Waning Poetic

Holy pun, Batman!

By now it is very likely that you’ve seen The Dark Knight Rises and have heard scores of arguments about any given facet of the film. Don’t worry: this will not be another one. Most people who know me well have already been subjected to my alternating rants and gushings on all things related to the Caped Crusader. If you have missed out on such an honor, feel free to call me at two in the morning.

Instead, I thought I’d welcome you to a strange point where two of my favorite things meet.

Gotham Wanes

The mask? Because we were never ugly
enough. Because our ugliness was epic.
Because we were given to it, because
we were so misgiven. You wear one. I
wear one. Yes. Kings, Pharaohs had them
fabricated, poured out in gold and beaten.
Most wore them to the grave. In Mexico
the living wear them, not to scare the dead
away, but as invitation. They leave candy
on the mounds of those they mourn. New
Orleans? Women wear them in order
to bare everything else. Men wear them
in order to watch. I can remember, back
before it all grows grim, making one
out of the news, trying to paste it together.
I remember my mother helping me. I don’t
really remember my father. Something
like a face, like the man in the moon.
I understand we’re hardwired this way,
to make faces before anything else.
It’s why we see the Madonna in mold,
alien architecture in Martian crater creep.
We keep looking for those first faces, first
familia. Every culture, every eon. Witness
the oldest we know, his cave, his wall, one
hundred seventy centuries gone. They call
him Sorcerer. They call me Knight.
We have always lived in the dark.

-Bryan D. Dietrich

Featured the October 2011 issue of Poetry.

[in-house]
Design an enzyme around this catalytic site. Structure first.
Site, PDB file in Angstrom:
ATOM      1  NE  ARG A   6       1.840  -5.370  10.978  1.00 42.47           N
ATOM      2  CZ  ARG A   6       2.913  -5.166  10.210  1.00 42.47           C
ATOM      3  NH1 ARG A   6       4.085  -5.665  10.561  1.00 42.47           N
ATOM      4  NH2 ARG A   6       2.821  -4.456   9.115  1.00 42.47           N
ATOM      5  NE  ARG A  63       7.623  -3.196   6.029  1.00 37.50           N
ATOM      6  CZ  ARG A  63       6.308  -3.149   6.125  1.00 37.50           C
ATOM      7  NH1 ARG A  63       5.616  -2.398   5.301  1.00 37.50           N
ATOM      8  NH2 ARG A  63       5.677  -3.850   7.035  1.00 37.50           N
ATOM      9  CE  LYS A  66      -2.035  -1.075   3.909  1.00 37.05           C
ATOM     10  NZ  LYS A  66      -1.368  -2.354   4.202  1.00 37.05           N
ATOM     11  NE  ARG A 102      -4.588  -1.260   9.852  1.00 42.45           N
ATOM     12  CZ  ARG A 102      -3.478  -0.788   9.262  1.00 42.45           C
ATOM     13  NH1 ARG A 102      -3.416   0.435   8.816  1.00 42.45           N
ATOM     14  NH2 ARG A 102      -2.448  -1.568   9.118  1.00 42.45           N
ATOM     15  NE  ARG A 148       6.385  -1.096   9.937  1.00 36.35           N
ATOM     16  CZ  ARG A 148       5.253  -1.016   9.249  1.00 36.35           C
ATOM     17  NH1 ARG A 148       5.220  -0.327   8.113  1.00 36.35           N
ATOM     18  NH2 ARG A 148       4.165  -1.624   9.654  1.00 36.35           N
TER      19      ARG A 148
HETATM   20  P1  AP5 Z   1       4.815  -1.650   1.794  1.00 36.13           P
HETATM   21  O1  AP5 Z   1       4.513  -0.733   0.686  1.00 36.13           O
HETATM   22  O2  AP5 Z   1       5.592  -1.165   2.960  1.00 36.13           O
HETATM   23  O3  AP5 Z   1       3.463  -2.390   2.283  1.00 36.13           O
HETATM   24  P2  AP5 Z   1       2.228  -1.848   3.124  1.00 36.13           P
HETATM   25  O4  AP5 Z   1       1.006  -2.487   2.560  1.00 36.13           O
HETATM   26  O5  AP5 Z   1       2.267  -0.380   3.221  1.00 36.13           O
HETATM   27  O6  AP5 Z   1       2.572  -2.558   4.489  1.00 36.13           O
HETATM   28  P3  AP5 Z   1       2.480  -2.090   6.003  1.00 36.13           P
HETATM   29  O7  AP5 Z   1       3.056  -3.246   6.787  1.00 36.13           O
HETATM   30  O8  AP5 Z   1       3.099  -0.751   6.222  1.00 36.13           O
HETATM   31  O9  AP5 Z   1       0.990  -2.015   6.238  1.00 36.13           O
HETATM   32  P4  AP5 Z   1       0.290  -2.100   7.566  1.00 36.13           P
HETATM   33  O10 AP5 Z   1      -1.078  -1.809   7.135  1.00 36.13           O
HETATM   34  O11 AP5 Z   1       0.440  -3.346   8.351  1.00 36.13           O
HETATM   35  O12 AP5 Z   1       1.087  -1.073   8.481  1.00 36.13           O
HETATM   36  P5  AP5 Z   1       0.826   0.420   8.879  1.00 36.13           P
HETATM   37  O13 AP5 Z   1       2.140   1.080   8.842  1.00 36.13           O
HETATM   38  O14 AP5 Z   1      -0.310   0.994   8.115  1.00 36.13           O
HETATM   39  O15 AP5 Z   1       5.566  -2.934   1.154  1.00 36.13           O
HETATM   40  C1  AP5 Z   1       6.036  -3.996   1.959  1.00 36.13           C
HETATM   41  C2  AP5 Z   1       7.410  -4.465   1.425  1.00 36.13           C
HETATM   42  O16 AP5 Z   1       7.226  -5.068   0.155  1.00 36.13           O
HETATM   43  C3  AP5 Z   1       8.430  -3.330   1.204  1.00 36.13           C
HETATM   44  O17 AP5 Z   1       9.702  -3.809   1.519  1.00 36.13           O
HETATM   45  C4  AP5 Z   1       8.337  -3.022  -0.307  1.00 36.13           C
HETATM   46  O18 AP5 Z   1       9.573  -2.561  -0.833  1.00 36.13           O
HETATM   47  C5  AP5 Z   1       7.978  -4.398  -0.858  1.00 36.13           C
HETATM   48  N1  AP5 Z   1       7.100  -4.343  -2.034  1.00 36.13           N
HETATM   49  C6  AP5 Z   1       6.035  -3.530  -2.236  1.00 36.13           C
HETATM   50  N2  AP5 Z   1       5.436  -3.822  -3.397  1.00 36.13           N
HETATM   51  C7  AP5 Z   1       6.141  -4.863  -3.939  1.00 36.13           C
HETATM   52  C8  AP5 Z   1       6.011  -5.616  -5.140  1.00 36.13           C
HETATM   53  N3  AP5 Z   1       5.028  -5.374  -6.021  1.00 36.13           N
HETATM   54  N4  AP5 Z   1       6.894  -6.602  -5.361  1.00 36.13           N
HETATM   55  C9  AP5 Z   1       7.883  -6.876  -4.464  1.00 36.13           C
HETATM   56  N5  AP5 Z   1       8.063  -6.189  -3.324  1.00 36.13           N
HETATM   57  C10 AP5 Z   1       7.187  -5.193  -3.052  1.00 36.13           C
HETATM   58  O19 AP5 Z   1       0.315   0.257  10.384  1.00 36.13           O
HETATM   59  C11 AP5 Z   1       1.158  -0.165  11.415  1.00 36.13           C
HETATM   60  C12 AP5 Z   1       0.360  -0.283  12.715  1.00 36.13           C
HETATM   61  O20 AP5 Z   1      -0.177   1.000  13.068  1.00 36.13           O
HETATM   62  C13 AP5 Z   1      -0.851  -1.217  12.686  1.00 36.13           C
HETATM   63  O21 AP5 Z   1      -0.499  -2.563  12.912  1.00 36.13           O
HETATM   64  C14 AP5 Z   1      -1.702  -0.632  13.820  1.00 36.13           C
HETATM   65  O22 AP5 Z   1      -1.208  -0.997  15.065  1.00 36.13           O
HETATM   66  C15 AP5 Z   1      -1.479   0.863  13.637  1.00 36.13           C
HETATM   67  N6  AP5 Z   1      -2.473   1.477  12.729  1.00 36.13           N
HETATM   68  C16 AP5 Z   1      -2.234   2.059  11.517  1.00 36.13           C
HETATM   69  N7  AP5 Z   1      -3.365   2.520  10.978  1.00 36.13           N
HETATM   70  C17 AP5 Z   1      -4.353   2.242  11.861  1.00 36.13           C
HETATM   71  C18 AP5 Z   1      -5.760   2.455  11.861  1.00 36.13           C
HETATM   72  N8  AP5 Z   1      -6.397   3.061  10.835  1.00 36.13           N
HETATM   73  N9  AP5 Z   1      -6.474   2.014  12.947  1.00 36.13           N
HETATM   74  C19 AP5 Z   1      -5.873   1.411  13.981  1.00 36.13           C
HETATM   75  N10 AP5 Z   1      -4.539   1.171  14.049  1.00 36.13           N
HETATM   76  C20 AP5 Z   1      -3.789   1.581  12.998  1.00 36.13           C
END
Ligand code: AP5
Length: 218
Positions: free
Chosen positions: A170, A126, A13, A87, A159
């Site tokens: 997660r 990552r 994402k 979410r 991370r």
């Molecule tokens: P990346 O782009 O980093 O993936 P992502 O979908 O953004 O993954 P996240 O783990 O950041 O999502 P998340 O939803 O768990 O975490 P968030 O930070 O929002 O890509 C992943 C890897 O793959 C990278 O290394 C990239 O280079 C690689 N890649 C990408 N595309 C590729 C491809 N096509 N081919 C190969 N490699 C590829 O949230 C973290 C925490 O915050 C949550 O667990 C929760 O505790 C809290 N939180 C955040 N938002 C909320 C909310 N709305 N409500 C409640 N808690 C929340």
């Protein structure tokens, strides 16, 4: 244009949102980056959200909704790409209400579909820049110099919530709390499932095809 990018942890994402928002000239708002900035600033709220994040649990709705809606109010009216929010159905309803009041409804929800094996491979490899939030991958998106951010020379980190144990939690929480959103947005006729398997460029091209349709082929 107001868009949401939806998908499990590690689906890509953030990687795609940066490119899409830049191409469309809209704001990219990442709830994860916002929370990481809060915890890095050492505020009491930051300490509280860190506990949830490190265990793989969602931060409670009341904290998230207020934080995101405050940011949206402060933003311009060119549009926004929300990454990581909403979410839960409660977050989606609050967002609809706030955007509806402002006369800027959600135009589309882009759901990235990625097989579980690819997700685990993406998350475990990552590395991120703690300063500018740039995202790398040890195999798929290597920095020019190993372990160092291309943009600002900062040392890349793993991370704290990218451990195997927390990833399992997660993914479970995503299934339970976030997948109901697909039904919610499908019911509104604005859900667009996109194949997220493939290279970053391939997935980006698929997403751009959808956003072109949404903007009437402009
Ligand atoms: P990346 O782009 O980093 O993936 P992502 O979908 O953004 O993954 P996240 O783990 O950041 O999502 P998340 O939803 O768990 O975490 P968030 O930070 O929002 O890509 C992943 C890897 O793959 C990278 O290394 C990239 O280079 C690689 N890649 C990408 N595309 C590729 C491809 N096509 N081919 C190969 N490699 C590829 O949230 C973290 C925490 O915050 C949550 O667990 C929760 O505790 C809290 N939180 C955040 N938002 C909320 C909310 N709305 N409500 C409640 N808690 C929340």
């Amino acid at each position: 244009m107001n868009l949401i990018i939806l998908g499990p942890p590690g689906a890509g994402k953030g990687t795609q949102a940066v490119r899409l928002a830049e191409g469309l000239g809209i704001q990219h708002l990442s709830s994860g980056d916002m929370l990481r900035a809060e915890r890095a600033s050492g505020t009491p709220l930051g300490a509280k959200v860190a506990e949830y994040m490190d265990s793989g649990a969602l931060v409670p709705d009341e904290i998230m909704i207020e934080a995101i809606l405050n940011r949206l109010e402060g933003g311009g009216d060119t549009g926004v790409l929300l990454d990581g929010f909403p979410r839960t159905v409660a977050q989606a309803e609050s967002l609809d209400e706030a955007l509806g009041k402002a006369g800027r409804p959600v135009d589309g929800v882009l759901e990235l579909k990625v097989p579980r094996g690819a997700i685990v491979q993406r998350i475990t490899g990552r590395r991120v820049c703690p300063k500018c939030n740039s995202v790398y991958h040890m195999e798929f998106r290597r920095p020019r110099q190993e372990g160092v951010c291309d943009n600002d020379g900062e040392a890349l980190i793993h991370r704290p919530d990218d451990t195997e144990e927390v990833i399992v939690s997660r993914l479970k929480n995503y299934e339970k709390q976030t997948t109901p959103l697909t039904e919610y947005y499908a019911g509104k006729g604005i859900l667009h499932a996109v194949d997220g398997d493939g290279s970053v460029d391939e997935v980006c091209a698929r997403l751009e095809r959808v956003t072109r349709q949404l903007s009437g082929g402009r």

Batman, big shot, when you gave the order
to grow up, then let me loose to wander
leeward, freely through the wild blue yonder
as you like to say, or ditched me, rather,
in the gutter...well, I turned the corner.
Now I've scotched that 'he was like a father
to me' rumour, sacked it, blown the cover
on that 'he was like an elder brother'
story, let the cat out on that caper
with the married woman, how you took her
downtown on expenses in the motor.
Holy robin-redbreast-nest-egg-shocker!
Holy roll-me-over-in-the-clover,
I'm not playing ball boy any longer
Batman, now I've doffed that off-the-shoulder
Sherwood-Forest-green and scarlet number
for a pair of jeans and crew-neck jumper;
now I'm taller, harder, stronger, older.
Batman, it makes a marvellous picture:
you without a shadow, stewing over
chicken giblets in the pressure cooker,
next to nothing in the walk-in larder,
punching the palm of your hand all winter,
you baby, now I'm the real boy wonder.

-Simon Armitage

From his poetry collection of the same name, which I’m rereading right now.

I’ll leave the close reading to you, but here’s a video of Armitage reading it if you’re into that sort of thing:


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